Whether you're a first-time homebuyer or someone who wants to downgrade to something a little cheaper, condos have always been the less expensive option when it comes to living. However, a new study done by Royal LePage states that if you live in Toronto, this actually isn't the case. In fact, it turns out that Toronto condos prices are starting to become nearly as expensive as Toronto's homes, and even more expensive than the average Canadian home.
In a new study done by Royal LePage, one of their key findings was that the price gap between condos and homes in the city of Toronto is dramatically shrinking, as condos surpassed the $600,000 mark this year.
This year, the average condo prices in Toronto rose to whopping $618,391, compared to the average $566,482 from the year before. With bungalow housing prices rising to $870,179, or $811,090 in the Greater Toronto Area, it seems that condos are no longer becoming the more affordable option for Torontonians.
In fact, the study also states that as condo prices continue to rise, and the price gap between condos and detached properties continues to shrink, the demand for detach homes has grown throughout the city as more people are choosing to pay the extra for a home.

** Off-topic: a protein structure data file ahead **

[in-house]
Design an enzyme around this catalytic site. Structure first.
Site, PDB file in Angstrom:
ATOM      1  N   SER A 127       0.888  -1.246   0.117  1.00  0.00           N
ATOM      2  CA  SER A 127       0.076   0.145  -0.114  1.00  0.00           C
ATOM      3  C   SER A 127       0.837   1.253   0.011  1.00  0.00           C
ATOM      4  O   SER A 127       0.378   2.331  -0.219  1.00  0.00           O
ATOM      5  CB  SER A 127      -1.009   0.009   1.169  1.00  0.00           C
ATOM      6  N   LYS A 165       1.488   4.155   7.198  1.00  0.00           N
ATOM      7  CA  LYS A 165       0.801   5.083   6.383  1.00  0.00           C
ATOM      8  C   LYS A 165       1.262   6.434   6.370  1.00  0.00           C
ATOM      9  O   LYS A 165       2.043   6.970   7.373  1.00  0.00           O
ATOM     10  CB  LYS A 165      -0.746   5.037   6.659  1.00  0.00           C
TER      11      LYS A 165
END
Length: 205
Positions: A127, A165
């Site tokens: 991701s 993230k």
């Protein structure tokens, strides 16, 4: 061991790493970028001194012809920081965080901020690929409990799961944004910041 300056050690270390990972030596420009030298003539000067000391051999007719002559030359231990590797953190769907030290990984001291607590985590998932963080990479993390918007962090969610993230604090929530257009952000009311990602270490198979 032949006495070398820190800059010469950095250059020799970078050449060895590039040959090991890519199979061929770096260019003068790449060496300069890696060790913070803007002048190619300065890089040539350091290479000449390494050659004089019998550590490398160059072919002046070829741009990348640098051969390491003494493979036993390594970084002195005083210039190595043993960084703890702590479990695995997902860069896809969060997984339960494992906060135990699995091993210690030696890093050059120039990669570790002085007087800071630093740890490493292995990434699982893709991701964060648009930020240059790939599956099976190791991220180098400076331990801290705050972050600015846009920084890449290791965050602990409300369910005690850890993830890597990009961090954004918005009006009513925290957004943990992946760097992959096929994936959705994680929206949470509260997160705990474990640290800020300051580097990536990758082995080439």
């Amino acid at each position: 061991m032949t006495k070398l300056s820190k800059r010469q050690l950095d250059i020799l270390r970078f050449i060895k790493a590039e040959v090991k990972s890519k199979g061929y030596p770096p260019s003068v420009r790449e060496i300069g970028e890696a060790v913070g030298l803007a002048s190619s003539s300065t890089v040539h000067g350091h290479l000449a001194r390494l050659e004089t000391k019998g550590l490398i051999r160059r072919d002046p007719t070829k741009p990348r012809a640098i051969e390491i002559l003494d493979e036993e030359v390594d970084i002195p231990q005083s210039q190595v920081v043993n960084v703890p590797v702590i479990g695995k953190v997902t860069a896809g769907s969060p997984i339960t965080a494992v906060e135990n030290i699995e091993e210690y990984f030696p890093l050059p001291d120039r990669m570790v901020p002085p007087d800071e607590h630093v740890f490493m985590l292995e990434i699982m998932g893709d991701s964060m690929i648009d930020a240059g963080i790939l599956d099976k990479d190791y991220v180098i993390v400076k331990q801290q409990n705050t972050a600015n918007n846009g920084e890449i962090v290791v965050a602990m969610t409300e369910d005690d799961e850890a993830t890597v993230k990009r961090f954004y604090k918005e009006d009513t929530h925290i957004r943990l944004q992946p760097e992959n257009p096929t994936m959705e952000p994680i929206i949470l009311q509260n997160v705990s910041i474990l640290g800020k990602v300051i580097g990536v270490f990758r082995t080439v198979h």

In fact, when it comes to an average Canadian home, the average price of a bungalow nationally is $521,250, which is actually less than what you can expect to pay for a condo in the city of Toronto.
However, it's not just Toronto that is facing this massive surge in condo pricing. Royal LePage states that condos are now the fastest appreciating housing type, and this year, the median price nationally rose 3.4 percent.
According to the Toronto Star, condos, townhouses, and apartments saw prices rise 9.2 percent in Toronto this year.
To make matters even worse, according to a study done by Zoocasa this summer, the prices of condos in some Toronto neighborhoods have even doubled since 2014.
With Toronto housing prices skyrocketing, it's predicted that by the end of the year, a price of a home in Canada will rise an additional 1.5 percent.